The jury (after a lengthy emotion-charged trial) returned verdicts in favor of plaintiffs totaling $420,000. Plaintiff Anna Veselenak was awarded $10,000 each from Dr. Choi and McLaren General Hospital. In addition, the jury awarded her $15,000 for compensatory and $350,000 for exemplary damages from Dr. Smith. Plaintiff Steve Veselenak received nothing on his claim for loss of consortium as to Dr. Choi and McLaren General Hospital, but prevailed as to Dr. Smith in the amount of *571 $35,000. Dr. Smith (hereinafter defendant) appeals the jury verdicts against him.

The trial court denied defendant's motions for a new trial and for a remittitur. The Court of Appeals affirmed in an unpublished opinion per curiam. We granted leave to appeal and directed the parties to include among the issues to be briefed whether exemplary damages should be recoverable in a malpractice or negligence action. 411 Mich 973 (1981).


Defendant argues that exemplary damages should not have been recoverable in this case. Defendant's argument proceeds along two lines. First, defendant cites Kelly v Chillag, 381 F2d 344 (CA 4, 1967), and Noe v Kaiser Foundation Hospitals, 248 Or 420; 435 P2d 306 (1967), for the proposition that concealment of malpractice from a patient by the physician who committed the malpractice is a censurable lack of candor but not sufficient to justify the award of punitive damages. Second, defendant argues that a medical practitioner, as a healer, should not be subject to any charges of malice arising out of the doctor-patient relationship. This policy argument is based on the idea that no physician is presumed to be a malicious adversary of his patient.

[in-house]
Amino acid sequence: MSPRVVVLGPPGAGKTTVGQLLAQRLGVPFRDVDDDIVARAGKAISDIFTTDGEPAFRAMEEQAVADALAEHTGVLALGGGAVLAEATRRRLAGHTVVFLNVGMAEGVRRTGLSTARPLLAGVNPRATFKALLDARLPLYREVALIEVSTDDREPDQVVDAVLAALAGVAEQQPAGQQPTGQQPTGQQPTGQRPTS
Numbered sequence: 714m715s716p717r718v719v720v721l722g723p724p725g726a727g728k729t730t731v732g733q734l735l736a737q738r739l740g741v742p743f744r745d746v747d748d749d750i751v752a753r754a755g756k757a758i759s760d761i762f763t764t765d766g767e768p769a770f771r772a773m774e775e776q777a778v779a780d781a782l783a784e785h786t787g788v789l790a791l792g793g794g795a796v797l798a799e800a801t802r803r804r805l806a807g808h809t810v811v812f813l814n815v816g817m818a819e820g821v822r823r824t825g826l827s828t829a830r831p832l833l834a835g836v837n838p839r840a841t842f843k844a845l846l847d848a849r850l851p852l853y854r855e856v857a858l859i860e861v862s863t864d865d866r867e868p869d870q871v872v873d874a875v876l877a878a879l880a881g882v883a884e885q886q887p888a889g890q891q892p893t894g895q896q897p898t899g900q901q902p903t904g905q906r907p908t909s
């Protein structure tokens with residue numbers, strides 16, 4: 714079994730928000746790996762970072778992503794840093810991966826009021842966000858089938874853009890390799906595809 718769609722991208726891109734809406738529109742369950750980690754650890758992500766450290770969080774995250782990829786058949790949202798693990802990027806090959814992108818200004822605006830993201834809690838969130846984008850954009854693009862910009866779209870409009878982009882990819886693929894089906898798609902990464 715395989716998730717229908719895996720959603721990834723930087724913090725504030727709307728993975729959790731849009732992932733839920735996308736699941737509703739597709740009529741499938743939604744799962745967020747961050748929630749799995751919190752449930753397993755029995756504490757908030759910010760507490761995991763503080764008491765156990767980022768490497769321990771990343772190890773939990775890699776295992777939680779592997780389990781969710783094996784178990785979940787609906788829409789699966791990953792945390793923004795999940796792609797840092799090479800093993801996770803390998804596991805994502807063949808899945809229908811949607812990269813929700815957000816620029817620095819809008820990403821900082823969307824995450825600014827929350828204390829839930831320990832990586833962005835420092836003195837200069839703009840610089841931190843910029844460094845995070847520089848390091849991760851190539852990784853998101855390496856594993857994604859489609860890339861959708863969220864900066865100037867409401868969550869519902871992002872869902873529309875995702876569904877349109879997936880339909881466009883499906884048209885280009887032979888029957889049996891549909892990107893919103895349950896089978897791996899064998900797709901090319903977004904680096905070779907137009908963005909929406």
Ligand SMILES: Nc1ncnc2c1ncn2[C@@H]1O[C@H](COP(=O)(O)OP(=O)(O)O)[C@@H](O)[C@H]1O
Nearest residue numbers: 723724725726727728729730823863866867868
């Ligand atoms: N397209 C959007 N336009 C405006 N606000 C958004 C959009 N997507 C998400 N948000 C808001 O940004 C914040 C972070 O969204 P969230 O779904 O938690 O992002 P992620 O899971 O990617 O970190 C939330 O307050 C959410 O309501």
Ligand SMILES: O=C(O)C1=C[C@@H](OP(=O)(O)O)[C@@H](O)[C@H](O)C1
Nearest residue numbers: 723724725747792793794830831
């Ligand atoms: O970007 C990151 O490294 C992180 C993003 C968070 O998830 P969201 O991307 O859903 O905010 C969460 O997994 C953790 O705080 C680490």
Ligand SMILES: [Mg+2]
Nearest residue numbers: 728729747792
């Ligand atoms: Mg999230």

We agree that exemplary damages should not have been awarded, but not for the reasons defendant offers. The argument that concealment, standing alone, is not sufficient to support an award of exemplary damages is unpersuasive. Kelly v Chillag, supra, cites no authority and has been cited by none. Noe, supra, does not involve *572 concealment in the face of a clear duty to disclose, a state of facts which the jury in the instant case may have found and which the evidence adduced at trial clearly supports. The argument that recitation of the Hippocratic oath should raise a conclusive presumption of good faith, thus insulating physicians from any charges of malicious conduct arising out of the physician-patient relationship, flies in the face of legal accountability.

As the analysis which follows will make clear, we hold that exemplary damages should not have been awarded in this case because we conclude that the award of exemplary damages for injury to feelings is duplicative of the award of ordinary damages for mental distress and anguish. We perceive no principled reason for allowing a double recovery for the same injury. As a result of our decision on this issue, we find it unnecessary to reach the issue stated in the grant of leave to appeal. We reverse the judgment of the Court of Appeals and remand for a new trial limited to the question of the amount of ordinary damages plaintiffs suffered as a result of defendant's malpractice. Winchester v Meads, 372 Mich 593, 599; 127 NW2d 337 (1964). In light of our disposition of this case, we do not address defendant's other arguments.


This Court has grappled with the problem of allowing or of disallowing the award of exemplary (formerly called punitive) damages in numerous cases over the last 120 years. Although systematic development of this area may seem to be the *573 exception,[1] certain consistent principles have emerged.